NOTES: This meal plan is clearly superior to the White House's G20 summit meal for several reasons. Most notably, it recognizes state dinners can be used to send subtle hints to our friends and allies, plus nations we're somewhat annoyed with but with whom circumstances require we deal.

Take the starter, for instance. This should impress pretty much everyone and make them feel at home, and send a signal that we are honored to have them present, and care deeply about their ideas on how to solve the economic crisis. It will also send a signal to the Russians that we can produce caviar that's just as good as their sevruga and we would not care if the supply of Russian caviar suddenly dried up. And if we can produce caviar, maybe we can produce oil too. Try us, you bolshy scoundrels.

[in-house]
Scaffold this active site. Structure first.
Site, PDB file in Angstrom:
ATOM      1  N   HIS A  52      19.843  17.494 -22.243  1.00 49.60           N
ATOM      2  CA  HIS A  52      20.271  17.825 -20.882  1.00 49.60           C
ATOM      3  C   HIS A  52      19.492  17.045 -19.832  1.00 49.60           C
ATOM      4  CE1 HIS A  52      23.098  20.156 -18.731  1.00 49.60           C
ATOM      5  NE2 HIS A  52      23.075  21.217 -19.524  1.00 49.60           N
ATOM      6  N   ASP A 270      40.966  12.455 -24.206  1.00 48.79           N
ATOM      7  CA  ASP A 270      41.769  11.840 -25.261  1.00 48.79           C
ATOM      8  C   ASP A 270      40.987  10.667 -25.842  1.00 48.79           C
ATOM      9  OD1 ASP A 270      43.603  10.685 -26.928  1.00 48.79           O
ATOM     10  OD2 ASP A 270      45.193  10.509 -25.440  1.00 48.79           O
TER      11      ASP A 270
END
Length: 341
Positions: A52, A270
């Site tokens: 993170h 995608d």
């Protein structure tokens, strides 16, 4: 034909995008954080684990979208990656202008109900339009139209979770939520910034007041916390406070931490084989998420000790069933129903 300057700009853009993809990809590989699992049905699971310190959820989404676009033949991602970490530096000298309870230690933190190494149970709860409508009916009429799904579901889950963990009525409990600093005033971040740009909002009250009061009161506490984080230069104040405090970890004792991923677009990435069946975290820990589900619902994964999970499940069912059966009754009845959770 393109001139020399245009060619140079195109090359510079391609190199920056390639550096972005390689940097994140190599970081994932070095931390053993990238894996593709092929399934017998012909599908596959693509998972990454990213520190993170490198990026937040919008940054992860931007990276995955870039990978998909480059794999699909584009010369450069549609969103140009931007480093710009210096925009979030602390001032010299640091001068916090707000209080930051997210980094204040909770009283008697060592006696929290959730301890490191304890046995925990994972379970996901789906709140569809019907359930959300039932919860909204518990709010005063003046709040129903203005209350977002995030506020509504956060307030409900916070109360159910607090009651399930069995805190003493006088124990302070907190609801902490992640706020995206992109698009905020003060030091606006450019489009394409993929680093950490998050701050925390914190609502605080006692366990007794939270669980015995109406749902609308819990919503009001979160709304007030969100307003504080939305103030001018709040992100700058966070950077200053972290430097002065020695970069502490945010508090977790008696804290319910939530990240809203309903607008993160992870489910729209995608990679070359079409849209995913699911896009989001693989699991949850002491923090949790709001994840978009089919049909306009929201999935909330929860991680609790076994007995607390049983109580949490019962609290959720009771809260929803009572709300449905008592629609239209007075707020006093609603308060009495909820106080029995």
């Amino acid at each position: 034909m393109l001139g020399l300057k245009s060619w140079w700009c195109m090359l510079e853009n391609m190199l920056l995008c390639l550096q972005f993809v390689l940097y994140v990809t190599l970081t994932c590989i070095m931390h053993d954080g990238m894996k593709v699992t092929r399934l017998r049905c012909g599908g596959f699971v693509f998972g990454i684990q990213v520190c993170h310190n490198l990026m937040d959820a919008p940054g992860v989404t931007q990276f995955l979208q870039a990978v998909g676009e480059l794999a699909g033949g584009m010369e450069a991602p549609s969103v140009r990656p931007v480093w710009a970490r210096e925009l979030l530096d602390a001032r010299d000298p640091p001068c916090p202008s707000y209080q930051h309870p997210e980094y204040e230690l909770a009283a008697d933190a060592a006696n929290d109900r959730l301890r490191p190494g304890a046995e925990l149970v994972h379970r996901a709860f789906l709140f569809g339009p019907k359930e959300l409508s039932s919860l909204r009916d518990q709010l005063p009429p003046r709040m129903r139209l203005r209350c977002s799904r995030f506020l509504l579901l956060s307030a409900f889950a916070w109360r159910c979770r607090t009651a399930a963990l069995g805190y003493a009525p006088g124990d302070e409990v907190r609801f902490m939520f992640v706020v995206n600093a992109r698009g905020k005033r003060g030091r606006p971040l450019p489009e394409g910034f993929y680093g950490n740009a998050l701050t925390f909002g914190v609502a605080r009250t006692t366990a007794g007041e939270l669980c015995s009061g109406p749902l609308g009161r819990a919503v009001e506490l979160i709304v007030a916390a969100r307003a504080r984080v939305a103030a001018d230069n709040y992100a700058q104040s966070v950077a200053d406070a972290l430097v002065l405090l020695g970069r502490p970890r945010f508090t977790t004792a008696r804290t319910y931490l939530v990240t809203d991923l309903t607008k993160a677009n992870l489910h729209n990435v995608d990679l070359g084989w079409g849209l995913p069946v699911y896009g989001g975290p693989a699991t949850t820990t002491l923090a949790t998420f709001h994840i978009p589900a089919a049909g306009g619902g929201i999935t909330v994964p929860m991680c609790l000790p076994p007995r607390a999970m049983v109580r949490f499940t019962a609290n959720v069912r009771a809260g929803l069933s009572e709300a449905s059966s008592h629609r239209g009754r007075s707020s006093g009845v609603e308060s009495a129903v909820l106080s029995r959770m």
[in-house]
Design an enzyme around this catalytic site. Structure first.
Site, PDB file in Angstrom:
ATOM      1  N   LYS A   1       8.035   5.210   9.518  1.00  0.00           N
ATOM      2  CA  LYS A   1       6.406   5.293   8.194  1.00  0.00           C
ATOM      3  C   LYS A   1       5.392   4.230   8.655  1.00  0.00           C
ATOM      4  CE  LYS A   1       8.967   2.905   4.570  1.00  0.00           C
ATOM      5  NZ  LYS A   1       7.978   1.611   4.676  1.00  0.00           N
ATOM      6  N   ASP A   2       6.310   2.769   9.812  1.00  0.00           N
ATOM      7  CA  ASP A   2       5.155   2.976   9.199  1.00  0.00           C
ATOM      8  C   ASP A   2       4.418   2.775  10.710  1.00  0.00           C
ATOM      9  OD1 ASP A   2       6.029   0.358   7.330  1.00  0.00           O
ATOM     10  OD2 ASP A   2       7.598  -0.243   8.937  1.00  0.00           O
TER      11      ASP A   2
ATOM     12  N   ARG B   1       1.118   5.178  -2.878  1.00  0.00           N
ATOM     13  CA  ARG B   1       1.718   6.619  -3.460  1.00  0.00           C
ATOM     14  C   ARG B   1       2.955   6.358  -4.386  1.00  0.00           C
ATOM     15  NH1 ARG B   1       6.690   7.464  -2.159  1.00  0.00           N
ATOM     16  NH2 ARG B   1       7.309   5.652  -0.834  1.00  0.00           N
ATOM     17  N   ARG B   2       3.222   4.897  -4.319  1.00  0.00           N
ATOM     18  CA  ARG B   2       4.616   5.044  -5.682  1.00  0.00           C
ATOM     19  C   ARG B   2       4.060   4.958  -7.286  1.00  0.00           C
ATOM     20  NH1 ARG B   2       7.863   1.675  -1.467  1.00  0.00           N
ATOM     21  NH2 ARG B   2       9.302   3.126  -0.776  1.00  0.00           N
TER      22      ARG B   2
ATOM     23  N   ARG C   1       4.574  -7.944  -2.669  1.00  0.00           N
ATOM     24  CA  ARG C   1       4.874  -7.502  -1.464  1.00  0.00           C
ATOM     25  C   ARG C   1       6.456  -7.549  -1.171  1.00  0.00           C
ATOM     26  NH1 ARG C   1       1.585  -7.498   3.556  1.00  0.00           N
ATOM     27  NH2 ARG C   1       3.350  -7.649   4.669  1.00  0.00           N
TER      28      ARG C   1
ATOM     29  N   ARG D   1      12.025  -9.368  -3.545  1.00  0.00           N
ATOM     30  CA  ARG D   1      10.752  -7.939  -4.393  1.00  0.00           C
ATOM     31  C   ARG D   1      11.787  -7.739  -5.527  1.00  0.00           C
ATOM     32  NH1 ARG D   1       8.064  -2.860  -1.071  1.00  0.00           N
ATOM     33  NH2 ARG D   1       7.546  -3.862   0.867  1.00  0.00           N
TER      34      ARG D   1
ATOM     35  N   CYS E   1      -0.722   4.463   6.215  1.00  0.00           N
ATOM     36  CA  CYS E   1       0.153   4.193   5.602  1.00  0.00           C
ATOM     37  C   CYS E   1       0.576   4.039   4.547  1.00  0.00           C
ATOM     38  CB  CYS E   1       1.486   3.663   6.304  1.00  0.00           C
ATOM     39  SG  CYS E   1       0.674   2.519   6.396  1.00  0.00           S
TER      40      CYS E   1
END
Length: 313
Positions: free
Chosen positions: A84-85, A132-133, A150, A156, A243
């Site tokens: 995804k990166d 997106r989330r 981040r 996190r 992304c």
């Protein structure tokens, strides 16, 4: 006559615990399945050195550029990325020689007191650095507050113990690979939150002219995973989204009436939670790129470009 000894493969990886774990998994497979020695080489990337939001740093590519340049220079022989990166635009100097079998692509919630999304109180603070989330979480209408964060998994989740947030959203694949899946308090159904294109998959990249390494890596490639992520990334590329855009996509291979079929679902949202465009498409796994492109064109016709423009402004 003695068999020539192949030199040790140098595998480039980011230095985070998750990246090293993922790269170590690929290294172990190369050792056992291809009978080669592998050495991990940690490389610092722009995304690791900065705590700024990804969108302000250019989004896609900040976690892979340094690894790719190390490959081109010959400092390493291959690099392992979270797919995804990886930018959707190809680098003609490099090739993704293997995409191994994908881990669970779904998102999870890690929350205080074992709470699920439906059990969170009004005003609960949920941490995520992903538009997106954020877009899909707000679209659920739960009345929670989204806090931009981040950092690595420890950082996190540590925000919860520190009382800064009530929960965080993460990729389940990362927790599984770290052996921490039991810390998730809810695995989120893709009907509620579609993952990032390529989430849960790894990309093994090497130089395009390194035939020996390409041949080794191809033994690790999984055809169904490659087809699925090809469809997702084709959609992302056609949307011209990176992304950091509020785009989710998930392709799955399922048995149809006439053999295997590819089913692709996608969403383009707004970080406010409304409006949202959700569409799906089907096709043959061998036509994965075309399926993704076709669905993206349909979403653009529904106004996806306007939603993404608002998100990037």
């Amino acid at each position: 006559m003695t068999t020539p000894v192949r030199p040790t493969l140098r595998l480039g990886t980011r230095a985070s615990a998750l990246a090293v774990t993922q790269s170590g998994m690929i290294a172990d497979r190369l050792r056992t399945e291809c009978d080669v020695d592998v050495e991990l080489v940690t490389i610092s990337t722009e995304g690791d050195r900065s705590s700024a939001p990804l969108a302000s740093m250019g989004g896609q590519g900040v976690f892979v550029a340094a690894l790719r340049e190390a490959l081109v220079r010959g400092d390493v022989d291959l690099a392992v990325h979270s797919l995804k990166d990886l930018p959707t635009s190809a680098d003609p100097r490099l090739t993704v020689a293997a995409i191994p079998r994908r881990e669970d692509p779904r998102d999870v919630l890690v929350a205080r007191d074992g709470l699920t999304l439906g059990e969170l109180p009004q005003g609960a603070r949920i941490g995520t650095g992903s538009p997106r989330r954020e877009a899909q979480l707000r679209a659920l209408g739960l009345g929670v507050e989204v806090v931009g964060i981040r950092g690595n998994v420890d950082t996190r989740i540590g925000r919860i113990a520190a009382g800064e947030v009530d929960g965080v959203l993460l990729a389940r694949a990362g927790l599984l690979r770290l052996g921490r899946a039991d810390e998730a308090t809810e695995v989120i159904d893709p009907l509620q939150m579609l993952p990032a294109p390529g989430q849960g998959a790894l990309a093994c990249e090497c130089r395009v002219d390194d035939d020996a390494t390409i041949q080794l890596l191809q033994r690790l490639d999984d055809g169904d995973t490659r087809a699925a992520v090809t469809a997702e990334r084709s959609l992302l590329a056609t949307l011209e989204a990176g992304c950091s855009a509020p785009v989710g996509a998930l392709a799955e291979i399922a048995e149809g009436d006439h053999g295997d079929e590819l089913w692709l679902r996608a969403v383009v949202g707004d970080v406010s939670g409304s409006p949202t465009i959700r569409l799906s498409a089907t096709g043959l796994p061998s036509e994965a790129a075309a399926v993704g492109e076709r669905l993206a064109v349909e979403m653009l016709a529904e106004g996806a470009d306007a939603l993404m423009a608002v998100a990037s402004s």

The soup course, with its choice of two soups, is a clear homage to proper service a la russe and should thus mollify the Russians after we started off the meal with the diplomatic equivalent of a kick under the table.

The fish course signifies that we do lobster better than anyone. It will also tell the Canadians we remain willing to argue over aquaculture just because we can, so don't oppose us just because you can, please.

The intermezzo -- a sorbet or something -- will impress stodgy foreigners *cough* Gordon Brown *cough*.

The beef course should please the South Americans and hopefully make them temporarily overlook the various excursions in their territories we've undertaken in the name of the Monroe Doctrine.

The salad is a classic Michigan staple, which should send a message to the Japanese that we do care deeply about our domestic auto industry and we'd appreciate it if they'd lay off a bit.

The pudding is a sop to Sarkozy. A clever protocol director would sit Sarkozy next to Berlusconi, just because everyone else at the dinner would want to see how Sarko responded to Berlusconi's inevitable outbreak of foot-in-mouth disease. By the time the cheese course came around, Sarkozy should be about ready to strangle Silvio, and the resulting diplomatic fireworks would divert attention from the fact we would probably fail to accomplish anything at the summit.

Posted by Benjamin Kepple at November 21, 2008 09:30 AM | TrackBack